But to your specific question about different species of IA... the most helpful frame I've seen put on this question was done by Eric Reiss in 2008, when he gave a talk about "strategic IA" and "tactical IA" as diverging modes of IA practice.  In the past we'd talk about "big" and "little" IA but Eric's delineation is better.  Whether you're talking about Wurman IA or Polar Bear IA or User Experience IA, all of these can be reduced down into strategic and tactical roles. 
For me, It seems that IA is an answer to the problem of complexity. In software engineering programmers came up with design patterns to tackle with complexity and describe recipes to common problems. Those design patterns are dealing with 'non-technical' things, fostering re-usability, giving clues to people working in groups, and helping working in groups. Can we describe IA as a way to answer those problems that cannot be addressed by technical solutions, or shorter as a collection of 'common sense' practices?
Richard Saul Wurman once said that he did not believe that he held the "keys to the kingdom" of good design with the invention of Information Architecture, but that he did possess, by way of information architecture, the kingdom attitude.  And he went on to say that he believed that this attitude can be learned and shared.  Several years ago I had the good fortune to attend a dinner held in Mr. Wurman's honor after a talk he gave at my University, and he regaled the table with stories of the time he spent as Lou Kahn's protoge in Philadelphia.  One of the things he told us about was the love that he and Kahn shared for dumbness - for basic and fundamental observations that come from a place of total innocence and lack of preconception.  The approach to IA that I've learned from studying RSW's work relies upon finding those places of total innocence and lack of preconception.  It's an uncommon kind of common sense, this kind of IA.  The only expertise it requires is the ability to shed expertise.  And to understand what it's like to not understand.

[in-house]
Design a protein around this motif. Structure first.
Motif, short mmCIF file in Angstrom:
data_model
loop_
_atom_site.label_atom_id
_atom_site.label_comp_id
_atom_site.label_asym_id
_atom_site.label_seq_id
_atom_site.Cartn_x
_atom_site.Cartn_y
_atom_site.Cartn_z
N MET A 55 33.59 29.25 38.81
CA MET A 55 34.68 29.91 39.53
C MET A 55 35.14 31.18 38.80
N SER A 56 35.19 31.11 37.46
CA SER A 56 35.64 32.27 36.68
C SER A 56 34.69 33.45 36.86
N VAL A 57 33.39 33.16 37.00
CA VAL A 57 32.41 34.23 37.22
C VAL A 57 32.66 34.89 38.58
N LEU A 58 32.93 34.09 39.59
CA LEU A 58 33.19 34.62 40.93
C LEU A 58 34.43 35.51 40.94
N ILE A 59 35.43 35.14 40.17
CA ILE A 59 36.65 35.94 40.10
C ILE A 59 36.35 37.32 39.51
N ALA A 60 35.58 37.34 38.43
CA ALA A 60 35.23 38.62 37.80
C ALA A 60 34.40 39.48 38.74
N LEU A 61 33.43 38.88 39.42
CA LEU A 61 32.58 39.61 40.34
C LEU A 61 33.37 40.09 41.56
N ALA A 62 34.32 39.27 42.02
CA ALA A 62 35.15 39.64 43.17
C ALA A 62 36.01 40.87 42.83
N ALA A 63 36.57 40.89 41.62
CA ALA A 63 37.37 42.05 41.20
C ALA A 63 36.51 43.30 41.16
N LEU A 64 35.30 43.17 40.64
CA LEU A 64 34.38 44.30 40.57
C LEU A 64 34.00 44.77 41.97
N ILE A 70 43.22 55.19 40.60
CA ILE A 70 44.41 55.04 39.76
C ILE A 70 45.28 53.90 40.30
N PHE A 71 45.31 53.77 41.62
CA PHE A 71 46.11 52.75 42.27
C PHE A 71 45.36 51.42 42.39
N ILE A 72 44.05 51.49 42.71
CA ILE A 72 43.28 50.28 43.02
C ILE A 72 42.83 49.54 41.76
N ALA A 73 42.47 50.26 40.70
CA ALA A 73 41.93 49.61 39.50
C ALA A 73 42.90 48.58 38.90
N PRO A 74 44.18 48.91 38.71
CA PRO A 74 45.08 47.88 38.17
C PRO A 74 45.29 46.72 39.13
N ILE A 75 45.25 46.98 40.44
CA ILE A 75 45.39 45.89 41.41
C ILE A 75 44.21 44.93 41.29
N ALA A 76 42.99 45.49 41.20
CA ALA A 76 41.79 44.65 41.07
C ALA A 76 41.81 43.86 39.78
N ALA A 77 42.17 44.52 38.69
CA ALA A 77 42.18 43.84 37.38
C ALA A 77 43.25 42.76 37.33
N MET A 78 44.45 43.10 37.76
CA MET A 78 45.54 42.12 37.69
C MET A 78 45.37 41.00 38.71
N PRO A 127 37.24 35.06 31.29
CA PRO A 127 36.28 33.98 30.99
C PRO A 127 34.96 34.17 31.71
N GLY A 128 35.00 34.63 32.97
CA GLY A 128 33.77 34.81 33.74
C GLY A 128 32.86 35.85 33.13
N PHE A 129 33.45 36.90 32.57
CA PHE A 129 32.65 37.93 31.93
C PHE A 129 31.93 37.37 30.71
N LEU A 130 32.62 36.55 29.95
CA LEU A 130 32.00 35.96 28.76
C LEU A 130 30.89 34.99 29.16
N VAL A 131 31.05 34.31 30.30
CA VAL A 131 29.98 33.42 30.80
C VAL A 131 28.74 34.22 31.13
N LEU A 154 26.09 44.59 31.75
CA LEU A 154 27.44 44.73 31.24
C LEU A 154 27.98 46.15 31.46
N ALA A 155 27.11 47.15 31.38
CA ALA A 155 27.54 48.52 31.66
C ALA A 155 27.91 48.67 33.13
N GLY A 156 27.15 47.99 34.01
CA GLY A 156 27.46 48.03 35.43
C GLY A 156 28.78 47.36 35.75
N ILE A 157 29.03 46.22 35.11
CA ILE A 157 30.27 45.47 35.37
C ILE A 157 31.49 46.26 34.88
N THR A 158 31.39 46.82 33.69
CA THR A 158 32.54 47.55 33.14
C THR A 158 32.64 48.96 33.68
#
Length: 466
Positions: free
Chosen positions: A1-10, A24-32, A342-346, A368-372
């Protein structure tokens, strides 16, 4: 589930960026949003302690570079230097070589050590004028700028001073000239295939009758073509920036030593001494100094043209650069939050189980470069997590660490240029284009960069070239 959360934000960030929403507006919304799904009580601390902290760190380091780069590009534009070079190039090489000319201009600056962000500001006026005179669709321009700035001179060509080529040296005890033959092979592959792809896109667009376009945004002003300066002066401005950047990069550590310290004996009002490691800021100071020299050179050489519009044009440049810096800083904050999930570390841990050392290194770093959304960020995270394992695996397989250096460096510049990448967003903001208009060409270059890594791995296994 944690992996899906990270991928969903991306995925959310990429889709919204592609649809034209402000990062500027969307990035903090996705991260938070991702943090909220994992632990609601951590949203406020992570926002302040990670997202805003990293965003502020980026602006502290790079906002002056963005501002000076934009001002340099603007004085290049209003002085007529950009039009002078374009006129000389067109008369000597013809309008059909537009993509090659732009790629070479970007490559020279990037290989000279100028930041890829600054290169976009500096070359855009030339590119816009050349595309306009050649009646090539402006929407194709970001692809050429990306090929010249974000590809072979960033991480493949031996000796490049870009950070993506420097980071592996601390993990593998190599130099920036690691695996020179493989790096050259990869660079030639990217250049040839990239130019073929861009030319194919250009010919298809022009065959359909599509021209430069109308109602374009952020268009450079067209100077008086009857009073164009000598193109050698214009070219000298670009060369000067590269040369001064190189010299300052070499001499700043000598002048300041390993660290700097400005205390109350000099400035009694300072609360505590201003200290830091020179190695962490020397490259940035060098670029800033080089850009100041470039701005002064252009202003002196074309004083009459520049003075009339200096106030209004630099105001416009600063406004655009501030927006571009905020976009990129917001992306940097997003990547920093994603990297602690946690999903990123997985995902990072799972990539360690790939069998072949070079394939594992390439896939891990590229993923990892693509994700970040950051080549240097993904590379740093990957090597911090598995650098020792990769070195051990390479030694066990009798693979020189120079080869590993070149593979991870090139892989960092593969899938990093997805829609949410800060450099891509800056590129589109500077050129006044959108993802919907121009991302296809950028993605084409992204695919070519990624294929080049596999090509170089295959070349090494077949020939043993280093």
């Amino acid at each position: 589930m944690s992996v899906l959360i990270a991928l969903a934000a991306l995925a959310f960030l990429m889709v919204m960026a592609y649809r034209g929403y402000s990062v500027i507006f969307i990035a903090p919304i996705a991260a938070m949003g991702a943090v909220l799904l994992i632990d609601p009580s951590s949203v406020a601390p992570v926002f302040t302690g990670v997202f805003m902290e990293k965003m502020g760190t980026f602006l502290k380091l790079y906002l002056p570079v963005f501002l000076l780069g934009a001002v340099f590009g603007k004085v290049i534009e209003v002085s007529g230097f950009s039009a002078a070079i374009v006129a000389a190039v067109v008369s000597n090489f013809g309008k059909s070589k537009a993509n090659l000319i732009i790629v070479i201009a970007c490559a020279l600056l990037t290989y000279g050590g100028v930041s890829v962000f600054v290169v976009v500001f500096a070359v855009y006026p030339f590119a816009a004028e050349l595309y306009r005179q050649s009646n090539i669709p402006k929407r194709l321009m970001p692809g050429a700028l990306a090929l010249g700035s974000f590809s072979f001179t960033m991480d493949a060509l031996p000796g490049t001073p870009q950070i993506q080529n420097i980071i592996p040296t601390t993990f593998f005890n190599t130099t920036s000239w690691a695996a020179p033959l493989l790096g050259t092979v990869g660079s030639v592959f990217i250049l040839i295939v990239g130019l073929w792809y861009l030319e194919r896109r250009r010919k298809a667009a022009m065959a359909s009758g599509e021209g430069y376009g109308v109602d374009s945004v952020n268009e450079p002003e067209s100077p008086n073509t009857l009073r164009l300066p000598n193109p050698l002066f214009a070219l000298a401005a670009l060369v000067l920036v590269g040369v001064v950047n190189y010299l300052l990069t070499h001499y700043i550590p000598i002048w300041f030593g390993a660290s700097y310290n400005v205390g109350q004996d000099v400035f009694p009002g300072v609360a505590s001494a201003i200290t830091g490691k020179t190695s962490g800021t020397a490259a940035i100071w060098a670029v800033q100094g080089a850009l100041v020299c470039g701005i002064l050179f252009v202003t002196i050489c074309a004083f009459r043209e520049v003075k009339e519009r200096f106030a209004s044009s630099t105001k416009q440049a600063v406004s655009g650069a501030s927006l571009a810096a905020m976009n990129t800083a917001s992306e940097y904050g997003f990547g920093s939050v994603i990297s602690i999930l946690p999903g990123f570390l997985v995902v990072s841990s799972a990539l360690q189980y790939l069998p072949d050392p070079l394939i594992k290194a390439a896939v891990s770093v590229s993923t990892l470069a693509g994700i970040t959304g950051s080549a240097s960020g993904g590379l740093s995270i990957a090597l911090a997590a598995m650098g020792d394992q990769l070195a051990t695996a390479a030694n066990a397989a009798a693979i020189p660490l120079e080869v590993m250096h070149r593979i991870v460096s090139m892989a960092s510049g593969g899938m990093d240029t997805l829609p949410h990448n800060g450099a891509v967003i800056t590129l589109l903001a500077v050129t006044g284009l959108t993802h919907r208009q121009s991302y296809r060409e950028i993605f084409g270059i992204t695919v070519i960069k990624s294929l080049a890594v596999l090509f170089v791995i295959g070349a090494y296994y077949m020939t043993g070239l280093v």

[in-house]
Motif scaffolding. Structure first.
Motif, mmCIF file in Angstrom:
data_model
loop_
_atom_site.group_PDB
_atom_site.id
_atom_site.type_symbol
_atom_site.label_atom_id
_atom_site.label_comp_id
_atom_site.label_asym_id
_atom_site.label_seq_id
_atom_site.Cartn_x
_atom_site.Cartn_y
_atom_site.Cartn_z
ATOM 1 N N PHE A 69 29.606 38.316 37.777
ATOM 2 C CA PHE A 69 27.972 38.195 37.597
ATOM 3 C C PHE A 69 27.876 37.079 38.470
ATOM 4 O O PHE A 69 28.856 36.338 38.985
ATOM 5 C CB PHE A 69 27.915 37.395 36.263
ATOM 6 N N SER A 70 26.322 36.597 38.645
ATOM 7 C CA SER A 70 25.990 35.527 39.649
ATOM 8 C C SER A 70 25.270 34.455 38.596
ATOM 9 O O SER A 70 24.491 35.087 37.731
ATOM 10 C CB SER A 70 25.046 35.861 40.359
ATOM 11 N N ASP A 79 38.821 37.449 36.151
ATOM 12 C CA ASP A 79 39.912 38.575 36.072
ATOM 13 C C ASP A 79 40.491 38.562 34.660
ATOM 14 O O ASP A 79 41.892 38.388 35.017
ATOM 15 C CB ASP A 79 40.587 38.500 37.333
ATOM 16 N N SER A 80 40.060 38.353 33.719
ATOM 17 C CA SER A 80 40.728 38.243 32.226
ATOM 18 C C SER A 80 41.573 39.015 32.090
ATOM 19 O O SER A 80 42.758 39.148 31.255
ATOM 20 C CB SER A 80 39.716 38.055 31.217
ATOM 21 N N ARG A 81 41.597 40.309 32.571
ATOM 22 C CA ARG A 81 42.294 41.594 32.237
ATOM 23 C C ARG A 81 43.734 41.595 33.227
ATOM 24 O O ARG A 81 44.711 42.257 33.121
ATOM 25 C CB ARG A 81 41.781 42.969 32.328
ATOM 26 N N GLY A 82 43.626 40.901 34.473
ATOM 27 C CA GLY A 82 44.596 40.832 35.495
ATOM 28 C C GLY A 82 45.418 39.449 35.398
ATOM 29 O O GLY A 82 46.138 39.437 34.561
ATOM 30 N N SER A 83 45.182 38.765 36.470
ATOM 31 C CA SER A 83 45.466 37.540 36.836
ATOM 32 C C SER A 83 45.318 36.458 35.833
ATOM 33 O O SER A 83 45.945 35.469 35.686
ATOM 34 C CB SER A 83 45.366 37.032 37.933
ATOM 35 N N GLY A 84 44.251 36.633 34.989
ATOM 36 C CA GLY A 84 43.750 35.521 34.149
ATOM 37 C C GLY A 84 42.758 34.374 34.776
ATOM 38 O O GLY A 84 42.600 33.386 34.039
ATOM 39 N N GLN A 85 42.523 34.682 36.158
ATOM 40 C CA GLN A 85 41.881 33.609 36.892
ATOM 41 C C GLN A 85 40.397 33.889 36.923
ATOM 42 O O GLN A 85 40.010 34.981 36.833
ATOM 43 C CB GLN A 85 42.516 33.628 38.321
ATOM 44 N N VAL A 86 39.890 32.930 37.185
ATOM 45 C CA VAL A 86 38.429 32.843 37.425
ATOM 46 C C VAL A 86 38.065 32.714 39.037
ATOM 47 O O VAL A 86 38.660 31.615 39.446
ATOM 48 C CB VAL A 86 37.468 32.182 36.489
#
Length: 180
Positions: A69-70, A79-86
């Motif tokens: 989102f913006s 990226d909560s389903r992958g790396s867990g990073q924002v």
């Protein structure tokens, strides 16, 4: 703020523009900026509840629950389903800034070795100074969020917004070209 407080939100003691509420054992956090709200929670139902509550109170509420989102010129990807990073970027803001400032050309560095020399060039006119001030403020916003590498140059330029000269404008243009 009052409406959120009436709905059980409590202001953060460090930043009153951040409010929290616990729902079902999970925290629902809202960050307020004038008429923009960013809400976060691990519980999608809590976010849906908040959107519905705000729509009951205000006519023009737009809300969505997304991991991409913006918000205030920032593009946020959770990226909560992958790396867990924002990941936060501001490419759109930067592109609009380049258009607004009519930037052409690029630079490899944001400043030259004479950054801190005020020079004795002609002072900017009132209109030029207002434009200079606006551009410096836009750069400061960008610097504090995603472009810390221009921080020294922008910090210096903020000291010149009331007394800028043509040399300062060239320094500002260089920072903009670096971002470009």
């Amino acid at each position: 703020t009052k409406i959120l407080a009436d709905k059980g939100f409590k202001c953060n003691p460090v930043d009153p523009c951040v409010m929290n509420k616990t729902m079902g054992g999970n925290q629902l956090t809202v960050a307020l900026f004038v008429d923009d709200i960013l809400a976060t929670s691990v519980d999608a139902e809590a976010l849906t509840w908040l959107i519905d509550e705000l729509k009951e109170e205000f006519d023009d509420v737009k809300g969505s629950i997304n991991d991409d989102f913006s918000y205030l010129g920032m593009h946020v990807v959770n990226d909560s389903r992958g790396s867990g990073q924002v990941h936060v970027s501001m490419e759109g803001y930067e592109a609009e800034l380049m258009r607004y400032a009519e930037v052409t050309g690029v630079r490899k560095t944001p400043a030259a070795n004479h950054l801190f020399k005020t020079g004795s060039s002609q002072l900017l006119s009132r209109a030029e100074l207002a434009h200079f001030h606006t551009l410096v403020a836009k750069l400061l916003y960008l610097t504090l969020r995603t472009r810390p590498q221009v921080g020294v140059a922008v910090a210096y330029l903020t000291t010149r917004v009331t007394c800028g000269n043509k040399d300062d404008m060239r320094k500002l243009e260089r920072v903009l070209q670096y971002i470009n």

There are three buzz words out there now; data, web n.0, and interaction design. We are living in the age of data, there are a plethora of data-driven stuffs around us from data science to data journalism, users are generating data by surfing on the net, and consuming data at the same time because of the other buzz word of web 2.0 using fancy (but sometimes useless) interfaces. Is there a place for IA in this triangle? Can it bring down to earth those ideas?